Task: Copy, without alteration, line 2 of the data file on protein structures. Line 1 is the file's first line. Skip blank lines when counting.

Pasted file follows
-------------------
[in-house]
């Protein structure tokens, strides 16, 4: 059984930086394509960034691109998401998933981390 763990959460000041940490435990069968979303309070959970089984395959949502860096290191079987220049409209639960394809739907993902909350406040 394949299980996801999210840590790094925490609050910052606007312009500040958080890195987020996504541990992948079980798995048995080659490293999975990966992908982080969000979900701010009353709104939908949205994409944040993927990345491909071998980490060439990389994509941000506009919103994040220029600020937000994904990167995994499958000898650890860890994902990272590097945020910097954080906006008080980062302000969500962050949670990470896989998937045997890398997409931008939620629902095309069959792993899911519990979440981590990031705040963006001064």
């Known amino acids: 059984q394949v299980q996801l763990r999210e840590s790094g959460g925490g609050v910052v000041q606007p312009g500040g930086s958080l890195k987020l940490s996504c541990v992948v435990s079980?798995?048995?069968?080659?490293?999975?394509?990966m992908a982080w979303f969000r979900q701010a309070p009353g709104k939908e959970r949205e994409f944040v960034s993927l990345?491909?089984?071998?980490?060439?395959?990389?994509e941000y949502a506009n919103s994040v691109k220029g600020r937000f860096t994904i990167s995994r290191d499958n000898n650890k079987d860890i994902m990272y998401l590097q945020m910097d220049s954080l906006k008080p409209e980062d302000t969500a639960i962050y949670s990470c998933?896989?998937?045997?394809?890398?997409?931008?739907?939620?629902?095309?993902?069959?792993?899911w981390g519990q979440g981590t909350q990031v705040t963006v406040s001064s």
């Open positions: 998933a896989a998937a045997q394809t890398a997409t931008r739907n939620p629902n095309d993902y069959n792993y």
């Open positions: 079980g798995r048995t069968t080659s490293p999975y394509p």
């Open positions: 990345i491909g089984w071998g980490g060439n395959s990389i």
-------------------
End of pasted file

């Protein structure tokens, strides 16, 4: 059984930086394509960034691109998401998933981390 763990959460000041940490435990069968979303309070959970089984395959949502860096290191079987220049409209639960394809739907993902909350406040 394949299980996801999210840590790094925490609050910052606007312009500040958080890195987020996504541990992948079980798995048995080659490293999975990966992908982080969000979900701010009353709104939908949205994409944040993927990345491909071998980490060439990389994509941000506009919103994040220029600020937000994904990167995994499958000898650890860890994902990272590097945020910097954080906006008080980062302000969500962050949670990470896989998937045997890398997409931008939620629902095309069959792993899911519990979440981590990031705040963006001064």